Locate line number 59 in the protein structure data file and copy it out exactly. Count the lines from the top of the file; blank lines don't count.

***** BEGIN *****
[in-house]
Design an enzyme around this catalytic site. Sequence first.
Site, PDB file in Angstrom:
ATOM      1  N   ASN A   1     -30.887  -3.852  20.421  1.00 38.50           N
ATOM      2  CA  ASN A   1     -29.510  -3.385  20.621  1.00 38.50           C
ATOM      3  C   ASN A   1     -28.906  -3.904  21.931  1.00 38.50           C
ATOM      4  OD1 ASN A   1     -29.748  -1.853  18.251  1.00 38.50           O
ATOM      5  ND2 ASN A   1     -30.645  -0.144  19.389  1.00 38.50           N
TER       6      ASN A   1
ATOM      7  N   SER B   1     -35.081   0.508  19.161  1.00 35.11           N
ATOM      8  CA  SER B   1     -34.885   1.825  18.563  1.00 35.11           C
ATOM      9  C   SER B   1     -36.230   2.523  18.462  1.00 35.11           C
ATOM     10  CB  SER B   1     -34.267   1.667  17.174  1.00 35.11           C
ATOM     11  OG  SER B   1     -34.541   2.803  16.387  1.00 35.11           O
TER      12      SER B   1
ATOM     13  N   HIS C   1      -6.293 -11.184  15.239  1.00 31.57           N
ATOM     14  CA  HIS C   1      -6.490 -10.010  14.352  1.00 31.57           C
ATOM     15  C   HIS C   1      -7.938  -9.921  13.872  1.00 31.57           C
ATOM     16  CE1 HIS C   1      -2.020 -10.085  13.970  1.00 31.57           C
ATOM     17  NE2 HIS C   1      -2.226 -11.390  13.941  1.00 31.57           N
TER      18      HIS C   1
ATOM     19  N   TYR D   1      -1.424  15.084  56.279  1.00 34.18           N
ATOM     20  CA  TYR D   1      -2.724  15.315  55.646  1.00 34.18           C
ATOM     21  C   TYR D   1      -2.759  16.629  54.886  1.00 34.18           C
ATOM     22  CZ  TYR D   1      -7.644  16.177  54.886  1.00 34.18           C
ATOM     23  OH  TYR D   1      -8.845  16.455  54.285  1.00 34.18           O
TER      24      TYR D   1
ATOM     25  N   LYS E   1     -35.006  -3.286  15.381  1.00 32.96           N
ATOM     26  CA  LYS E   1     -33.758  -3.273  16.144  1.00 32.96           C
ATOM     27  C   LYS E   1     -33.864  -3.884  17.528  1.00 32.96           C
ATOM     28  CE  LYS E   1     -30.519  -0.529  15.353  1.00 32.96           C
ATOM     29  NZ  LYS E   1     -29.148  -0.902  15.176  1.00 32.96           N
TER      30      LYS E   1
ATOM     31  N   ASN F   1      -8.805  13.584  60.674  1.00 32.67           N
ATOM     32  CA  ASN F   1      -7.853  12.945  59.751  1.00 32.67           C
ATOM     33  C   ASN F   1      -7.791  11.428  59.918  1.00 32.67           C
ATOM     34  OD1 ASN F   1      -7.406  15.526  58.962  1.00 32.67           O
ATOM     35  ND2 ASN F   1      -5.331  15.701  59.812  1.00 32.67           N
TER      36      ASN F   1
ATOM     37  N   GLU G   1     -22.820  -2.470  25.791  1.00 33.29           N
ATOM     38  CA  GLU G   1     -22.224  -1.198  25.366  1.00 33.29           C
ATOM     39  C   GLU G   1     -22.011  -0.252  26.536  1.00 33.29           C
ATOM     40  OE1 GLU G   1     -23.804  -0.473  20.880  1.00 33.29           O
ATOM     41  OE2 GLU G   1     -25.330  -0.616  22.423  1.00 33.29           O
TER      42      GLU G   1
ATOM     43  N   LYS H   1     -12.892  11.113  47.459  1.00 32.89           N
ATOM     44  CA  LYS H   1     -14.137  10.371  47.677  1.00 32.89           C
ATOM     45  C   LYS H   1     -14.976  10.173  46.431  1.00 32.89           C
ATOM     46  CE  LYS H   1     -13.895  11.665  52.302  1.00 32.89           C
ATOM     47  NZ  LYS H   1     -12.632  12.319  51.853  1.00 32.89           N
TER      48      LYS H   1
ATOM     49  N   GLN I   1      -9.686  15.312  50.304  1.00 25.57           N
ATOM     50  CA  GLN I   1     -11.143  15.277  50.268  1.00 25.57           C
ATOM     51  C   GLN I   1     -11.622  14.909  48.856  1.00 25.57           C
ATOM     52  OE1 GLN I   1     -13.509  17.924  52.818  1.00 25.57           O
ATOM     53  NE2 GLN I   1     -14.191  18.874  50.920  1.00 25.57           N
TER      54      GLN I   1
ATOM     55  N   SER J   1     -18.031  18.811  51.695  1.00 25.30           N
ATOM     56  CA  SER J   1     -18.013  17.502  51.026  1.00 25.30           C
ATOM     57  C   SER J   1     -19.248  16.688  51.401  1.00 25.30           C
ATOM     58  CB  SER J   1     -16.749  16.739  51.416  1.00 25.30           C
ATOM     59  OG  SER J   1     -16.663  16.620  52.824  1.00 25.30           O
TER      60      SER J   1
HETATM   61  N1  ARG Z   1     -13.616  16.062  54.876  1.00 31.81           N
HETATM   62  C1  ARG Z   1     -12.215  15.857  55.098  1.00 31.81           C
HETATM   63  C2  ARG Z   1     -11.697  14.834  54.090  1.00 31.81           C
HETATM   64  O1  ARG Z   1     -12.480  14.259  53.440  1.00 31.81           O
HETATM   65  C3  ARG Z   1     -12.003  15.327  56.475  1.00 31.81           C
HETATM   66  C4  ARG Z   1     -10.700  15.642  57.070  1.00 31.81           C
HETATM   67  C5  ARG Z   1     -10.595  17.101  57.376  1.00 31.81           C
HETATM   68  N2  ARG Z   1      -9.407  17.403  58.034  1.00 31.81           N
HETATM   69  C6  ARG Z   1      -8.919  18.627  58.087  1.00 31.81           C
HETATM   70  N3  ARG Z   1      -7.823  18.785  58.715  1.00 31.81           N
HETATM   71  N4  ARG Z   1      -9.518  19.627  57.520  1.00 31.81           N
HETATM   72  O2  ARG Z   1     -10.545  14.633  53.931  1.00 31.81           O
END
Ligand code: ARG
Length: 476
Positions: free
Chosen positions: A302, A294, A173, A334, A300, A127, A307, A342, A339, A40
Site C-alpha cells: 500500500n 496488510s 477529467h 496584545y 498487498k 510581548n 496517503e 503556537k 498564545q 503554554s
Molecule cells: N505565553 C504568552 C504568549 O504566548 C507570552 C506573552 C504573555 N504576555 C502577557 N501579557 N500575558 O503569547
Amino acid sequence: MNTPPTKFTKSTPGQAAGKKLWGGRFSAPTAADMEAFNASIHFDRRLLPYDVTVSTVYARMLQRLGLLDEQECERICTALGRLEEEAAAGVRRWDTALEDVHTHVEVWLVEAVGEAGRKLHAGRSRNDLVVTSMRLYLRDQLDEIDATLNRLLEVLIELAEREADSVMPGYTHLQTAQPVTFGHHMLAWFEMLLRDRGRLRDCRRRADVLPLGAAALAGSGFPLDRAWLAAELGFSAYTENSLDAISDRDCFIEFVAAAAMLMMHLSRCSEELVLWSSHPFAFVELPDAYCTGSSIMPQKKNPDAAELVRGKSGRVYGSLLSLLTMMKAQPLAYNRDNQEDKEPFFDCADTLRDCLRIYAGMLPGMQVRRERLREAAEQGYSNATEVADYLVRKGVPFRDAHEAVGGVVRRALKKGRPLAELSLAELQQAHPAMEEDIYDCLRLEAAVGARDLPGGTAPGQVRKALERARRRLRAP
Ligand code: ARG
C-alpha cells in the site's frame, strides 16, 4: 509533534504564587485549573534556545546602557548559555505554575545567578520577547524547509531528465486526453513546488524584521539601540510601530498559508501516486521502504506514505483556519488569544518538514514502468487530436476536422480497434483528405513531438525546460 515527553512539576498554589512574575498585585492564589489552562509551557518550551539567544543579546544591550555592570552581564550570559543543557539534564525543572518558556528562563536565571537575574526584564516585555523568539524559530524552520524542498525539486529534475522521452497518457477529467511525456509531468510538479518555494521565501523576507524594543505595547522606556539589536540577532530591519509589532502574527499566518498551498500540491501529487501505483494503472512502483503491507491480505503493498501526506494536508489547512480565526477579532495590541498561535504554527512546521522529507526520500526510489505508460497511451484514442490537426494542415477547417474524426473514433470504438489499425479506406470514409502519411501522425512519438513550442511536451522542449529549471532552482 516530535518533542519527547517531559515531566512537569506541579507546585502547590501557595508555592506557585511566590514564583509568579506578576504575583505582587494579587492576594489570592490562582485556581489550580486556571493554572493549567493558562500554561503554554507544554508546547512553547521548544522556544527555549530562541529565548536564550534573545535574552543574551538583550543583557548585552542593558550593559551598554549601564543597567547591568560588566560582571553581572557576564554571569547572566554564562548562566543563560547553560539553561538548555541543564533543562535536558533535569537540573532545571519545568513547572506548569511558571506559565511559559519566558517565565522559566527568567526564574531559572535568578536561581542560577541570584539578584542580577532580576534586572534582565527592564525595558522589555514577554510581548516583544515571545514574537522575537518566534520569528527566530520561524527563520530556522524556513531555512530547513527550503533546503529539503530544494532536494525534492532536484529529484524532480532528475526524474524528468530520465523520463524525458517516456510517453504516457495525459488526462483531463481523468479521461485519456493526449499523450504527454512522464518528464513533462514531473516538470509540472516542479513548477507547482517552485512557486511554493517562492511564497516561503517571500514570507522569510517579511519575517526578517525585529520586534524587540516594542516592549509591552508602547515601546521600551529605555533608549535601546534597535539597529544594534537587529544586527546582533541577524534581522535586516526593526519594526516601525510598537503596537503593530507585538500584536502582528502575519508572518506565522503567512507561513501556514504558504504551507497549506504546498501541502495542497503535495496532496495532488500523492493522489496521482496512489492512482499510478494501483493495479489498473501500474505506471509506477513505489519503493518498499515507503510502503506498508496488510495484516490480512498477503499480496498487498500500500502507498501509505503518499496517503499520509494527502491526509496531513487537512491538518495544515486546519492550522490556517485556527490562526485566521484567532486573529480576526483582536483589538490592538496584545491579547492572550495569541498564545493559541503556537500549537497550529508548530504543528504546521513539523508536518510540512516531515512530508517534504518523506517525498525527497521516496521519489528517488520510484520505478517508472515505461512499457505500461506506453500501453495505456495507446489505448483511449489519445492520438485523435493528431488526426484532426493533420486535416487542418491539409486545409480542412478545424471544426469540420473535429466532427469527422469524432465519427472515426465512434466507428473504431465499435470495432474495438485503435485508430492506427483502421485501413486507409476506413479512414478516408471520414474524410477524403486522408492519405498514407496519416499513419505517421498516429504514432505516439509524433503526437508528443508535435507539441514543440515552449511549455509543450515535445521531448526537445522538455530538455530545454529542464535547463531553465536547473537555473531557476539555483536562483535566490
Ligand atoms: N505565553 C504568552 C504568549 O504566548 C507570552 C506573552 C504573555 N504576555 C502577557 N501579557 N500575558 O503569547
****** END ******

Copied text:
ATOM     56  CA  SER J   1     -18.013  17.502  51.026  1.00 25.30           C